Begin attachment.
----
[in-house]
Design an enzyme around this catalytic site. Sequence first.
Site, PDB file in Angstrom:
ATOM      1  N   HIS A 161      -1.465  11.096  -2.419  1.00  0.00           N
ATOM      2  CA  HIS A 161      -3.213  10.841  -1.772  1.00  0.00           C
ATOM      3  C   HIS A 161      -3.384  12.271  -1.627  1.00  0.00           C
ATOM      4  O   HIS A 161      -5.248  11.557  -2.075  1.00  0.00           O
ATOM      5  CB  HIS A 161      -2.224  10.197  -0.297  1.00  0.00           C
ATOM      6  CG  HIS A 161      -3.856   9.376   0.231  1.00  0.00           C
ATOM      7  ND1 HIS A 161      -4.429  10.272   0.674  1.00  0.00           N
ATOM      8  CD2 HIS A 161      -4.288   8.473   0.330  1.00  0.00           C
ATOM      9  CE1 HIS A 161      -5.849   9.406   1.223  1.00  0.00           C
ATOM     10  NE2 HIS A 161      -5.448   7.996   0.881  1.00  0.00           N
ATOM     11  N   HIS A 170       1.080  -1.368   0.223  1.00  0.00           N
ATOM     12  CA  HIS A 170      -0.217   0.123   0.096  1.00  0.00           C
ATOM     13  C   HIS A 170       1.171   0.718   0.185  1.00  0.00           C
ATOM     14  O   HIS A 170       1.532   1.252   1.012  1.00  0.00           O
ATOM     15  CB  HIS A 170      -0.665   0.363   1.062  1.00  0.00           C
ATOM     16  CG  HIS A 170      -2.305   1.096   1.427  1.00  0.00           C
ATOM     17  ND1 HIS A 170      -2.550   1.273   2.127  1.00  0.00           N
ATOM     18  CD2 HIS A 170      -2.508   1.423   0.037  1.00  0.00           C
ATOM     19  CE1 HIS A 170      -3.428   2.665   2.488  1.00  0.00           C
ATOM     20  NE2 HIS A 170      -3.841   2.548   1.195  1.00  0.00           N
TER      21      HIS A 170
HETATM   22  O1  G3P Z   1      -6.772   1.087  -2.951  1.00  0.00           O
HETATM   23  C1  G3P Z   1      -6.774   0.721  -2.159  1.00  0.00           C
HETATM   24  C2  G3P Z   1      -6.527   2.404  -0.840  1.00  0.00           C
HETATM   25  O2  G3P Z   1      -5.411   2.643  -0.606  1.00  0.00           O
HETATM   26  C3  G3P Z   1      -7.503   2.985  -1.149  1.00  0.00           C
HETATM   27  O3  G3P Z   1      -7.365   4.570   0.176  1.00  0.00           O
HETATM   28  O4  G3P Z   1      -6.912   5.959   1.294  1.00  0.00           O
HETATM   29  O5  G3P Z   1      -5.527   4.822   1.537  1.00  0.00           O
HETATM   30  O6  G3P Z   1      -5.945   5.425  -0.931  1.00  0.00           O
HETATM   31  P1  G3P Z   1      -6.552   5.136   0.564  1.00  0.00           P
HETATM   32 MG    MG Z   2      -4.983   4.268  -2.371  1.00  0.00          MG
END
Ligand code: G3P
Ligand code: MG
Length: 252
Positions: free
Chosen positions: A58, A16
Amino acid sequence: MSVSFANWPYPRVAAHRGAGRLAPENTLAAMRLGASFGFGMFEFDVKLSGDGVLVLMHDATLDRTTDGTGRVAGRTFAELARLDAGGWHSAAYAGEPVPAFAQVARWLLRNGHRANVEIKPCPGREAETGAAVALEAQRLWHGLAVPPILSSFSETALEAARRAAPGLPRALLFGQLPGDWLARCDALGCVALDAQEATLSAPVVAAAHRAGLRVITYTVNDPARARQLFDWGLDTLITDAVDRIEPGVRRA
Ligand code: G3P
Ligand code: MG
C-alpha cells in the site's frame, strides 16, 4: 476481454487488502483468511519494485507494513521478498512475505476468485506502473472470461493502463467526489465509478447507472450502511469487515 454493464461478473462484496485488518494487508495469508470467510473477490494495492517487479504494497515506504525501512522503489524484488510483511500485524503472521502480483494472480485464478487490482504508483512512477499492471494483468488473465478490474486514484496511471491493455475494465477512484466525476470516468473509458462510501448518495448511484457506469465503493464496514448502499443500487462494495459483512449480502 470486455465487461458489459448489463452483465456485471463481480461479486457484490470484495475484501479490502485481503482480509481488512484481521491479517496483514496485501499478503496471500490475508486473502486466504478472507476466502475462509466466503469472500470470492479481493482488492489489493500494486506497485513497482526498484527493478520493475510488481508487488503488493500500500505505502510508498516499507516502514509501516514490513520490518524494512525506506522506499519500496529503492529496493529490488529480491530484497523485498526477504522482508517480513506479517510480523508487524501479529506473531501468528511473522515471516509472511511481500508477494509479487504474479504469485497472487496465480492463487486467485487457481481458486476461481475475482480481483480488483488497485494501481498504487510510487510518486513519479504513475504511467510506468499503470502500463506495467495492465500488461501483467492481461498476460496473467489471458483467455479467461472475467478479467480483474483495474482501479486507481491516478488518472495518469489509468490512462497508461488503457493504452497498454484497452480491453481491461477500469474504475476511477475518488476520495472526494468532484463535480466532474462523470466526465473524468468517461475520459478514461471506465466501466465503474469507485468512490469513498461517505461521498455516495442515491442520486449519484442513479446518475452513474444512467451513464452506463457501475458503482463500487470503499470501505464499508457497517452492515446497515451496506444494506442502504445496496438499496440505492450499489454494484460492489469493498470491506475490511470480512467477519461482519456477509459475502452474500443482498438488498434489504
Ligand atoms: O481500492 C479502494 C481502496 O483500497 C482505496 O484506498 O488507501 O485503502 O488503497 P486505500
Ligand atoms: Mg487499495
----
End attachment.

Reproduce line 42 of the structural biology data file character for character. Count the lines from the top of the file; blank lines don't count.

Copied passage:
Amino acid sequence: MSVSFANWPYPRVAAHRGAGRLAPENTLAAMRLGASFGFGMFEFDVKLSGDGVLVLMHDATLDRTTDGTGRVAGRTFAELARLDAGGWHSAAYAGEPVPAFAQVARWLLRNGHRANVEIKPCPGREAETGAAVALEAQRLWHGLAVPPILSSFSETALEAARRAAPGLPRALLFGQLPGDWLARCDALGCVALDAQEATLSAPVVAAAHRAGLRVITYTVNDPARARQLFDWGLDTLITDAVDRIEPGVRRA